Although Colombian director Ciro Guerra didn’t walk away with an Oscar for Best Foreign Film at the last Academy Awards ceremony, his film Embrace of the Serpent is a winner. It spins a poetic yarn around an Amazonian shaman named Karamakate, the last remaining member of his tribe, who travels along with two different scientists on the search for the rare yakruna plant over a forty-year span. Told in stunning black and white cinematography and based on the very real diaries of scientists Theodor Koch-Grunberg and Richard Evan Schultes, Embrace of the Serpent extols indigenous heritage whilst decrying the horrors of colonialism that have gone on to shape South America’s cultural history. In the world of cinema depicting places (and peoples) outside of the Western gaze, this one’s a must-see.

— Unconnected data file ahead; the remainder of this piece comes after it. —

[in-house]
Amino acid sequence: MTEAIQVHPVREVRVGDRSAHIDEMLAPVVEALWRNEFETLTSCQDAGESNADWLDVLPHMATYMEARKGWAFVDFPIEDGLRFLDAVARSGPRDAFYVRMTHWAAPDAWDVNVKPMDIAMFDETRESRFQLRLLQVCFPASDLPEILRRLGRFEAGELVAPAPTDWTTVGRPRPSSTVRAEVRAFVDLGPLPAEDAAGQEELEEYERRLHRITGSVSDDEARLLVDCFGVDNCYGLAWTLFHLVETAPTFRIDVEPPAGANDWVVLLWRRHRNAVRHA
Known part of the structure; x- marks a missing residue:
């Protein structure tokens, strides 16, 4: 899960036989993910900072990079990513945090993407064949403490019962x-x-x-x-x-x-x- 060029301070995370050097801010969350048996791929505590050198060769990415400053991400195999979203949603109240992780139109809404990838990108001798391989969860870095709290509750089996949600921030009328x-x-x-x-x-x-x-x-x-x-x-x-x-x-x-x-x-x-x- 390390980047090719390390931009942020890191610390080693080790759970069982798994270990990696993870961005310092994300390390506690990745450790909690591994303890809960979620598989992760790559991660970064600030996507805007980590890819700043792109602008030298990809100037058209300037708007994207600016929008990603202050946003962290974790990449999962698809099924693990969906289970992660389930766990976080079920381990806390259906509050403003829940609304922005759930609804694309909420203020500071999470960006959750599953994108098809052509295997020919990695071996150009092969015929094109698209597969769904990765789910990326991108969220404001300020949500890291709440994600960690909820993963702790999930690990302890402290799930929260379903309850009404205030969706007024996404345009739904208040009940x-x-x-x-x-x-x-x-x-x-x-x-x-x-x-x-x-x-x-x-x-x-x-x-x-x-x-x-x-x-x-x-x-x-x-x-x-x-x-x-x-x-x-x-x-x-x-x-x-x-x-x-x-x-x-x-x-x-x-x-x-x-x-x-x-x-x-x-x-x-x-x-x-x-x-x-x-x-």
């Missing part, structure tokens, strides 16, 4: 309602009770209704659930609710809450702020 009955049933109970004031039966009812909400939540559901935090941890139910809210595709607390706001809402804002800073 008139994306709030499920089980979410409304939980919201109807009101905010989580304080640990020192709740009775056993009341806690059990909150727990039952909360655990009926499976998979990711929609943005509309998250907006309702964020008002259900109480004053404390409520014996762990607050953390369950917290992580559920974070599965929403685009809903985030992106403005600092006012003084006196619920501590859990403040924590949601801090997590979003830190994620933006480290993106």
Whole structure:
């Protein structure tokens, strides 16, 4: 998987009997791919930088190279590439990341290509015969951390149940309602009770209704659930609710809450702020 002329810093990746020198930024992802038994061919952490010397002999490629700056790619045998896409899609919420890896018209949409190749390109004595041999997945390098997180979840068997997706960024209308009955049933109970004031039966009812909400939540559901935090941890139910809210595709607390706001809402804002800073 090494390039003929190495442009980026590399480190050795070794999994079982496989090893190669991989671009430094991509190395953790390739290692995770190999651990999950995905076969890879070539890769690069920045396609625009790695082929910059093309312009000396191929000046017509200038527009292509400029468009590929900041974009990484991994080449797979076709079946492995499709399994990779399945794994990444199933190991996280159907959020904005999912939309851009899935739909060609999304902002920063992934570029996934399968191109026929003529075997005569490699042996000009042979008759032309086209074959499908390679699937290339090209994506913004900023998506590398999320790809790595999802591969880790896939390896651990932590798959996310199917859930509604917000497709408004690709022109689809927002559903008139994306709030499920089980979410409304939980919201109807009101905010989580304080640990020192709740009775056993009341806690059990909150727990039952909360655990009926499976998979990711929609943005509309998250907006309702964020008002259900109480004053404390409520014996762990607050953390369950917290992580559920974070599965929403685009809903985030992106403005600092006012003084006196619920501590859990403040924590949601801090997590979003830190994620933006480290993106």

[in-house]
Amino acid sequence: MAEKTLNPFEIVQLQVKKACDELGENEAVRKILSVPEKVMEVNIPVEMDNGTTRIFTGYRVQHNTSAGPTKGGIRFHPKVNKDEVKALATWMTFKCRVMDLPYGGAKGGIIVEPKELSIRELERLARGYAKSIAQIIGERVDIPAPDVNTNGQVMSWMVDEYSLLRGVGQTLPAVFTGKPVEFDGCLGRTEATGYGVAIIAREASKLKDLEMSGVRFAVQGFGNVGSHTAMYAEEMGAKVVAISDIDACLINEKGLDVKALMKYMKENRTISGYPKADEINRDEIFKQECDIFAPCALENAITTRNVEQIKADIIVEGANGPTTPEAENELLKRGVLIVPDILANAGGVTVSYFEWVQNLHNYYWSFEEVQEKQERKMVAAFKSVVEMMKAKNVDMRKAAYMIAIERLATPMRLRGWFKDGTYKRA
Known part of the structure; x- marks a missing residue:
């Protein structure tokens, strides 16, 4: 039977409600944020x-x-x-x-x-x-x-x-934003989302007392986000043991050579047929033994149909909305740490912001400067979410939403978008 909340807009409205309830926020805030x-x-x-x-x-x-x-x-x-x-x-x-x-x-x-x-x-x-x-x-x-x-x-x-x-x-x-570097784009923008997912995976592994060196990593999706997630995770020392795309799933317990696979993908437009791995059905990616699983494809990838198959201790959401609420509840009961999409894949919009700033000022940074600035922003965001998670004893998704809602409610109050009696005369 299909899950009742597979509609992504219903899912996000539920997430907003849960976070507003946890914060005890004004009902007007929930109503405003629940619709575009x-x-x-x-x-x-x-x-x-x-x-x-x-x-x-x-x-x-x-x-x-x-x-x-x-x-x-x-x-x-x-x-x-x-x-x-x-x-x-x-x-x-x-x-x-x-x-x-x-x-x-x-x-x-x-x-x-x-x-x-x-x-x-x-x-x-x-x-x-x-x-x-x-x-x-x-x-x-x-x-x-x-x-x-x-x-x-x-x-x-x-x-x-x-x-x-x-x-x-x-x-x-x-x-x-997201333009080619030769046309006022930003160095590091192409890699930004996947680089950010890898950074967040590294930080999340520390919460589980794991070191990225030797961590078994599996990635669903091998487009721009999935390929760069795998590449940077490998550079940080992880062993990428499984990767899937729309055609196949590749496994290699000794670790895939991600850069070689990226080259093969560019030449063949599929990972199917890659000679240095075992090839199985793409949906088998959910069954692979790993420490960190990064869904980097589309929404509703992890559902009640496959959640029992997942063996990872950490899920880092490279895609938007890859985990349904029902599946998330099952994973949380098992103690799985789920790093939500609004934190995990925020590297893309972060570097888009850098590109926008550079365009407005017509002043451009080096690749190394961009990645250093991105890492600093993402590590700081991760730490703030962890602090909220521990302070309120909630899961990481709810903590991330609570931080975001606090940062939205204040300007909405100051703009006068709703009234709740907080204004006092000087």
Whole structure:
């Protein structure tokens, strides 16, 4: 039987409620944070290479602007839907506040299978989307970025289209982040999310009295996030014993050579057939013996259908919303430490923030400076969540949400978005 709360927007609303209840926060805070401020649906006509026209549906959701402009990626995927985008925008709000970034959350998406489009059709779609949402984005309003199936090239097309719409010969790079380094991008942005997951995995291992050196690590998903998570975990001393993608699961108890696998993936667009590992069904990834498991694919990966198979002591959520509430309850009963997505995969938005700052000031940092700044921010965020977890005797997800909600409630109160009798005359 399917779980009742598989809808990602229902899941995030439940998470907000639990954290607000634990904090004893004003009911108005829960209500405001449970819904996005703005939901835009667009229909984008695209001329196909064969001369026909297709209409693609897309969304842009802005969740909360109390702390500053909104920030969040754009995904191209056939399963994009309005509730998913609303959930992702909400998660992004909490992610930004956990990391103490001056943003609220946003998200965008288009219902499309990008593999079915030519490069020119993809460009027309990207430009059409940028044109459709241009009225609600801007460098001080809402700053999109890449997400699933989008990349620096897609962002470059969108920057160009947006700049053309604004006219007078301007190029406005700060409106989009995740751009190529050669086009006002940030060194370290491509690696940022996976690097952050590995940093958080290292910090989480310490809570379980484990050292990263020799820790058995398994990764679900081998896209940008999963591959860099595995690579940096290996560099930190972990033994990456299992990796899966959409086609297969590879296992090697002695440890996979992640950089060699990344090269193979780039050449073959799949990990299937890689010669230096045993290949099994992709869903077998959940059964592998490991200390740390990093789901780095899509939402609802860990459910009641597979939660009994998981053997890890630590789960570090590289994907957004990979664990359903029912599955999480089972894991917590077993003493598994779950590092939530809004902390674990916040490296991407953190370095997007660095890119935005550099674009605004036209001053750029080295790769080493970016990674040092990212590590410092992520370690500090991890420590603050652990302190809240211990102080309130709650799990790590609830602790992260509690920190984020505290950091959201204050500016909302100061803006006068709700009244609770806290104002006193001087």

March 11-17, 2016
Aimee Murillo is calendar editor and frequently covers the Orange County DIY music scene, film, arts, Latino culture and currently pens the long-running column Trendzilla. Born, raised, and based in Santa Ana, she loves bad movies, punk shows, raising her plants, eating tacos, Selena, and puns.